"The [comic] book was better" - Comics from page to screen.

Once upon a time, comic books were affiliated with kids or geeky teens and adults. But with the rise in popularity of comic conventions, beloved TV geeks like The Big Bang Theory, and a major influx of superhero movies and television, it can’t be denied that comic books – or at least, the stories they tell – are now mainstream and majorly on trend.

But reading comics still tends to be a niche interest. Generally, adult comics readers have been life-long comics readers. One could argue that dedication to a genre or format tends to be true for all types of readers. If you grew up loving sci-fi, you still shop in that section. If you were drawn more to nonfiction, you eagerly await the next Bill Brysson or David McCullough book. Romance readers blast through their favorite bodice-rippers, and on and on from there.  But one thing readers across genres usually agree on is “The book was better.” Better than the movie, of course! And movie adaptations of books increases the demand for the book version.  A new film adaption of a NY Times bestseller is announced, and suddenly you can’t get your hands on it as readers scramble to get an assessment of the original story before the new version debuts.

This isn’t always the same for comics, probably because catching up on comics prior to a screen adaptation can be very overwhelming, especially when it comes to the superhero genre. Many superheroes getting the big screen treatment (Superman, Batman, Spider-man, X-men, the Avengers) have been around for decades, with dozens of versions by dozens of different creators. Many older versions of these stories may not even be available beyond comics collectors. Plus, the popularity of blockbuster superhero stories has enabled lesser-known characters to get their own movies and TV shows: take Netflix’s Jessica Jones and upcoming Luke Cage spin-off; and what comics novice knew who the heck the Guardians of the Galaxy were before the hit movie?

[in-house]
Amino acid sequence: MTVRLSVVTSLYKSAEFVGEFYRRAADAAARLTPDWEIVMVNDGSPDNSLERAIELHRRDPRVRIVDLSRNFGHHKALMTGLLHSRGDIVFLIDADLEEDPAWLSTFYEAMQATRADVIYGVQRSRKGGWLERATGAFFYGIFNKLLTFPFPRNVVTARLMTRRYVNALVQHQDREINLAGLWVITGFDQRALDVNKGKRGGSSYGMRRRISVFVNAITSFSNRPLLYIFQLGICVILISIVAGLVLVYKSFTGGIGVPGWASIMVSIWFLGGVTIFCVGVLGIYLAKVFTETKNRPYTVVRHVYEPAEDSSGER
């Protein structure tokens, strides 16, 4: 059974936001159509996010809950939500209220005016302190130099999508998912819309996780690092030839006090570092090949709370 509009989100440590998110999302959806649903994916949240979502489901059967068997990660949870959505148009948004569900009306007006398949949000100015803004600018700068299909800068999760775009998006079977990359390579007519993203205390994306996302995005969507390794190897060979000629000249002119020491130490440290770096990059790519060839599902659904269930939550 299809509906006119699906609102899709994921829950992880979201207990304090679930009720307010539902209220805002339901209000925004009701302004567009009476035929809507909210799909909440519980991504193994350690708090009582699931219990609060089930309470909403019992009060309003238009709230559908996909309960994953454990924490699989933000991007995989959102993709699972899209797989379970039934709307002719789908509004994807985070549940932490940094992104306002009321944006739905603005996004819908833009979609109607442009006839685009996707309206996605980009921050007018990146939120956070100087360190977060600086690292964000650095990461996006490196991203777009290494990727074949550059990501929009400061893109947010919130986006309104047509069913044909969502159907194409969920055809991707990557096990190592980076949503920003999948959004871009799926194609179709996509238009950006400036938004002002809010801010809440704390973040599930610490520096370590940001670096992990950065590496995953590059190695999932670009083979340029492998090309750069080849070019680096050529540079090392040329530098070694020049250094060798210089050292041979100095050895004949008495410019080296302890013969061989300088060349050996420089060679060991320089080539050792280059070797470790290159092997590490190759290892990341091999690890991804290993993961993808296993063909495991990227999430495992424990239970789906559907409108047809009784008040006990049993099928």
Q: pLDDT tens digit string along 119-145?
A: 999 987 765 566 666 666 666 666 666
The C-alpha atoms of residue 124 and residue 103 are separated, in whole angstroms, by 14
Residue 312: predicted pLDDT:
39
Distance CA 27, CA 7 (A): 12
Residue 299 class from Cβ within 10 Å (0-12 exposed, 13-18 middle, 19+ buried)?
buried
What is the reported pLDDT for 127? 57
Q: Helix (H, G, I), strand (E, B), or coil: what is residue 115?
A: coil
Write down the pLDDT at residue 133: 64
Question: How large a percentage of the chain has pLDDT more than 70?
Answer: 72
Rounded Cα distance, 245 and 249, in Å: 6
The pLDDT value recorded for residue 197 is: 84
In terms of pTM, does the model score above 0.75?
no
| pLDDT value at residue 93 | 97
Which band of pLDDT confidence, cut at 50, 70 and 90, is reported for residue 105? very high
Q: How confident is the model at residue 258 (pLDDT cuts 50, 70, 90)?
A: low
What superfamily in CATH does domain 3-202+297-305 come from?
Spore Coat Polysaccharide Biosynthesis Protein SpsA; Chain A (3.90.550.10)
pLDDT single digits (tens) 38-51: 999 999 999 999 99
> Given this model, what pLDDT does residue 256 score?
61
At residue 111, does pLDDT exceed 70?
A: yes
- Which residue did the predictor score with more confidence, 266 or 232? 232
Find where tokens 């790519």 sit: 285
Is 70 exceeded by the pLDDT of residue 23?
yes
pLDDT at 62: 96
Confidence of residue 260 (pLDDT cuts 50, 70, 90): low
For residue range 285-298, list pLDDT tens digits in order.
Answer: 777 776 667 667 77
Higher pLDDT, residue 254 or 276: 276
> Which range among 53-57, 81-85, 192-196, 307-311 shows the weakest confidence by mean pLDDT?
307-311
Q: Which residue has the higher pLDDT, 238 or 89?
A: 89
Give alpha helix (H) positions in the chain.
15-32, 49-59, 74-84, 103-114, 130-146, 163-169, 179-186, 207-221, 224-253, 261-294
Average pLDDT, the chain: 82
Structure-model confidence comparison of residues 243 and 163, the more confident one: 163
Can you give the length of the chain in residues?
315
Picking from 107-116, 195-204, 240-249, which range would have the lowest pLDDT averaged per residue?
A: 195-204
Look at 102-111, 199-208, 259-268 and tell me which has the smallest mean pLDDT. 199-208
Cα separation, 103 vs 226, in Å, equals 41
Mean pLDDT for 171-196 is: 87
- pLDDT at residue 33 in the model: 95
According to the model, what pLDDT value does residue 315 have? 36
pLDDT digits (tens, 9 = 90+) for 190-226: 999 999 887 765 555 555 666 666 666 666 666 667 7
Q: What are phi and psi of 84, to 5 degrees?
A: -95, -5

So how does an excited cinemaphile catch up on the comic books and graphic novels that have taken over both the big and small screen?  First off, websites like Den of Geek can keep you abreast of which comics adaptations to anticipate.  They recently profiled the 60+ comic book movies and 40 TV adaptations coming up in the near future.

Once you know which characters you’d like to read up on, the comics-focused blog Panels (from the creators of the literary website Book Riot) offers a feature called “Start Here”, which helps narrow down the comics to read if you’re new to a character or storyline. (See, for example, their profile of Deadpool, the decidedly adult comic book movie sure to break the box office this Valentines Day weekend.)

You could also visit your local comic shop and talk to the experts there. Booksellers also carry trades for purchase (trades are hardbound or paperback multivolume editions of comic series). If you prefer your eReader, you can purchase digital comics through websites like Comixology or comics publishers themselves like DC Comics and Marvel.

If you’re frugal, you’re in luck; while library collections can’t compare to booksellers, more and more libraries are increasing their graphic novel section.  At the Merrimack Public Library, you can borrow trades of many new and upcoming comics-to-screen series, including Supergirl, Daredevil, Batman V. Superman, and  Captain America just to name a few. If you want more info on what comics series the library offers, just ask for Liz on your next visit, as she curates most of the comics series at the library.

Most of all, the best advice we can offer for new or hesitant comics readers is: just dive in! The worst that can happen is you won’t love it.  Actually, the worst that can happen is you will become addicted to comic books and your family will have to stage an intervention. Luckily comic books are much lighter than traditional books?

Happy reading!

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